From a Pulitzer Prize finalist and "greatly gifted and highly original artist" comes a masterful collection of stories about the timeless universal struggle to connect (New York Times).
Joanna Scott, the critically acclaimed author of ten novels and two collections, turns her “incandescent imagination” (Publishers Weekly) back to the craft of the short story, with breathtaking results. Ranging across history from the distant past to the future, Scott tours the many forms our stories can take, from cave wall paintings to radio banter to digitized archives, and the far-reaching consequences of our communications.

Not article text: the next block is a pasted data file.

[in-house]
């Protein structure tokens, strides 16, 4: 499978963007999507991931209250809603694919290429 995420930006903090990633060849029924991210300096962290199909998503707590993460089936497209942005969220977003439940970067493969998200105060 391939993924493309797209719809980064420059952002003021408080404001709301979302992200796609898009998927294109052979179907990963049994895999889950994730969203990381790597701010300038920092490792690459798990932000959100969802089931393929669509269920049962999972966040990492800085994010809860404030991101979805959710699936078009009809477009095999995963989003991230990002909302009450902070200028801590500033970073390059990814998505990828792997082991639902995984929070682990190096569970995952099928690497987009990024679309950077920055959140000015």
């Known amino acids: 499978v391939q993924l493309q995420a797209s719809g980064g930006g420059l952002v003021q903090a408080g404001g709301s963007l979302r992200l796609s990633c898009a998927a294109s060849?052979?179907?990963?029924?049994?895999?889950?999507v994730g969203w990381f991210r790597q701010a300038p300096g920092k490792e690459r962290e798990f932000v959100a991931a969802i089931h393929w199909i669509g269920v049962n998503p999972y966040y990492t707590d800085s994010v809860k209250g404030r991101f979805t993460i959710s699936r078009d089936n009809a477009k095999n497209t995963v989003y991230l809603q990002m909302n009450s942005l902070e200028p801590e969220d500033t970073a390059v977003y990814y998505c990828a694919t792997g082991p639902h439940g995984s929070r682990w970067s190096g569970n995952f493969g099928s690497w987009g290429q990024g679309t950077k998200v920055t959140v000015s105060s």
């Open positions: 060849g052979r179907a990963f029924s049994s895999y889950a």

In Venice in the Late Middle Ages, a painter's apprentice finds a way to make his mark on canvases that will survive for centuries. In the near future, after the literary canon has been preserved only on the cloud and then lost, a scholar tries to piece together a little-known school of writers committed to using actual paper. In present day New England, a radio host invites his electrician to stay for dinner, opening up new narrative possibilities for both men.
Written in prose so naturally elegant, smooth, and precise that it becomes invisible, Excuse Me While I Disappear asks what remains of our stories—as individuals and civilizations—after we are gone.